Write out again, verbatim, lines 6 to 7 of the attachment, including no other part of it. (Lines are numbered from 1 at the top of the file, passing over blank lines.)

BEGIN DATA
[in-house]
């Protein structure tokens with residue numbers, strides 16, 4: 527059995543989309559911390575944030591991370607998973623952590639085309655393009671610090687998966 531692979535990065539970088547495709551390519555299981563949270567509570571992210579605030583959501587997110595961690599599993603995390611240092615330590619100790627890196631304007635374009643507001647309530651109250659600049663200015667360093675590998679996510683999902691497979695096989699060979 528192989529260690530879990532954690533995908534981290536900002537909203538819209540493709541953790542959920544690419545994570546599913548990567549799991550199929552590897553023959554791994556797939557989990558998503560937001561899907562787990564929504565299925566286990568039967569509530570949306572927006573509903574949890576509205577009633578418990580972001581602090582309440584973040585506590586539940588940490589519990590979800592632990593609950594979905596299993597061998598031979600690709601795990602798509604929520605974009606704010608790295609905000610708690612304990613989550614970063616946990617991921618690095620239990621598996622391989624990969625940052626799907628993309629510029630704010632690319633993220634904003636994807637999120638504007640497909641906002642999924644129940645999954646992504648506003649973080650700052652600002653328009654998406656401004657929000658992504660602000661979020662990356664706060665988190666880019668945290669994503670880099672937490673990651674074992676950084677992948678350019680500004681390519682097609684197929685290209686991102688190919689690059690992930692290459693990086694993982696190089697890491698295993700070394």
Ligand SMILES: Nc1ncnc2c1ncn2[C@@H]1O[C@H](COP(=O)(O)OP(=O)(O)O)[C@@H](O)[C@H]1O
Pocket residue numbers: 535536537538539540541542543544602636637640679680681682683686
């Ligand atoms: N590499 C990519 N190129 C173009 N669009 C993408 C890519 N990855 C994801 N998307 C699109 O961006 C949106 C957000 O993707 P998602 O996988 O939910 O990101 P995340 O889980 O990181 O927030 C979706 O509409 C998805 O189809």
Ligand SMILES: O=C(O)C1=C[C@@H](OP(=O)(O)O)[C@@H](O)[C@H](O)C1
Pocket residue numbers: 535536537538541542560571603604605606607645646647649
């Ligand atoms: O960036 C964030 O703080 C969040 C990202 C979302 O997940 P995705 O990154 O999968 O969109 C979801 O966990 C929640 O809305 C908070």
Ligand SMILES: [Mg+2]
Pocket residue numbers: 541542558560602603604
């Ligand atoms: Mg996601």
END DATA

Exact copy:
Ligand SMILES: O=C(O)C1=C[C@@H](OP(=O)(O)O)[C@@H](O)[C@H](O)C1
Pocket residue numbers: 535536537538541542560571603604605606607645646647649